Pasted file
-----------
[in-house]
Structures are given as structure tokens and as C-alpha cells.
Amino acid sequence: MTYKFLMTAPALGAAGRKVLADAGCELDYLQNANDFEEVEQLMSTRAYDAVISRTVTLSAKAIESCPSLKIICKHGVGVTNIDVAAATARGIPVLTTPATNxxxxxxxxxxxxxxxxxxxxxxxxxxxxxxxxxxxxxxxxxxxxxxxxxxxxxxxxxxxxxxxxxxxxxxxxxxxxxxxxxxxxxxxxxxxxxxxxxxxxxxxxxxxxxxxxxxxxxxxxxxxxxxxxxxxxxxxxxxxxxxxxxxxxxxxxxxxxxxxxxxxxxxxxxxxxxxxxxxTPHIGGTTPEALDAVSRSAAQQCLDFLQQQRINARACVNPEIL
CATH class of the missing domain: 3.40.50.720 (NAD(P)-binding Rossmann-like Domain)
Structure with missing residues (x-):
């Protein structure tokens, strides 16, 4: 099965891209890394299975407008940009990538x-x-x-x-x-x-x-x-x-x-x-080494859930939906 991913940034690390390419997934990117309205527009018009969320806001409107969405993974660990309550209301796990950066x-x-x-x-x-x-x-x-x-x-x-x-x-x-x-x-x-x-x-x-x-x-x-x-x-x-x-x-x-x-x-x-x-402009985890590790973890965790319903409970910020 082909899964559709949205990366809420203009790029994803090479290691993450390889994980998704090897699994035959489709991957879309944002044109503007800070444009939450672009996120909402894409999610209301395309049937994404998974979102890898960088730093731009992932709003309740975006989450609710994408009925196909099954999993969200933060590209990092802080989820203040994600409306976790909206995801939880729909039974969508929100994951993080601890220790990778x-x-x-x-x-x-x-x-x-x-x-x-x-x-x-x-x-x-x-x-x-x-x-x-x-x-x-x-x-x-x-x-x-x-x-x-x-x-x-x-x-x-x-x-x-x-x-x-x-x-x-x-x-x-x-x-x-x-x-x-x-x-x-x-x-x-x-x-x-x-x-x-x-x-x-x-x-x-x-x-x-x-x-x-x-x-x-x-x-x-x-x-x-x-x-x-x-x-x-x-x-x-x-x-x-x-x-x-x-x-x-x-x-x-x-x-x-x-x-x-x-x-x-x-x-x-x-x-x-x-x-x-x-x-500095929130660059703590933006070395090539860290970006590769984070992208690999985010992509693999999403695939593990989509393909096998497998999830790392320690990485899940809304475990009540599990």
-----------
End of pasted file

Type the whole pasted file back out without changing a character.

[in-house]
Structures are given as structure tokens and as C-alpha cells.
Amino acid sequence: MTYKFLMTAPALGAAGRKVLADAGCELDYLQNANDFEEVEQLMSTRAYDAVISRTVTLSAKAIESCPSLKIICKHGVGVTNIDVAAATARGIPVLTTPATNxxxxxxxxxxxxxxxxxxxxxxxxxxxxxxxxxxxxxxxxxxxxxxxxxxxxxxxxxxxxxxxxxxxxxxxxxxxxxxxxxxxxxxxxxxxxxxxxxxxxxxxxxxxxxxxxxxxxxxxxxxxxxxxxxxxxxxxxxxxxxxxxxxxxxxxxxxxxxxxxxxxxxxxxxxxxxxxxxxTPHIGGTTPEALDAVSRSAAQQCLDFLQQQRINARACVNPEIL
CATH class of the missing domain: 3.40.50.720 (NAD(P)-binding Rossmann-like Domain)
Structure with missing residues (x-):
């Protein structure tokens, strides 16, 4: 099965891209890394299975407008940009990538x-x-x-x-x-x-x-x-x-x-x-080494859930939906 991913940034690390390419997934990117309205527009018009969320806001409107969405993974660990309550209301796990950066x-x-x-x-x-x-x-x-x-x-x-x-x-x-x-x-x-x-x-x-x-x-x-x-x-x-x-x-x-x-x-x-x-402009985890590790973890965790319903409970910020 082909899964559709949205990366809420203009790029994803090479290691993450390889994980998704090897699994035959489709991957879309944002044109503007800070444009939450672009996120909402894409999610209301395309049937994404998974979102890898960088730093731009992932709003309740975006989450609710994408009925196909099954999993969200933060590209990092802080989820203040994600409306976790909206995801939880729909039974969508929100994951993080601890220790990778x-x-x-x-x-x-x-x-x-x-x-x-x-x-x-x-x-x-x-x-x-x-x-x-x-x-x-x-x-x-x-x-x-x-x-x-x-x-x-x-x-x-x-x-x-x-x-x-x-x-x-x-x-x-x-x-x-x-x-x-x-x-x-x-x-x-x-x-x-x-x-x-x-x-x-x-x-x-x-x-x-x-x-x-x-x-x-x-x-x-x-x-x-x-x-x-x-x-x-x-x-x-x-x-x-x-x-x-x-x-x-x-x-x-x-x-x-x-x-x-x-x-x-x-x-x-x-x-x-x-x-x-x-x-500095929130660059703590933006070395090539860290970006590769984070992208690999985010992509693999999403695939593990989509393909096998497998999830790392320690990485899940809304475990009540599990």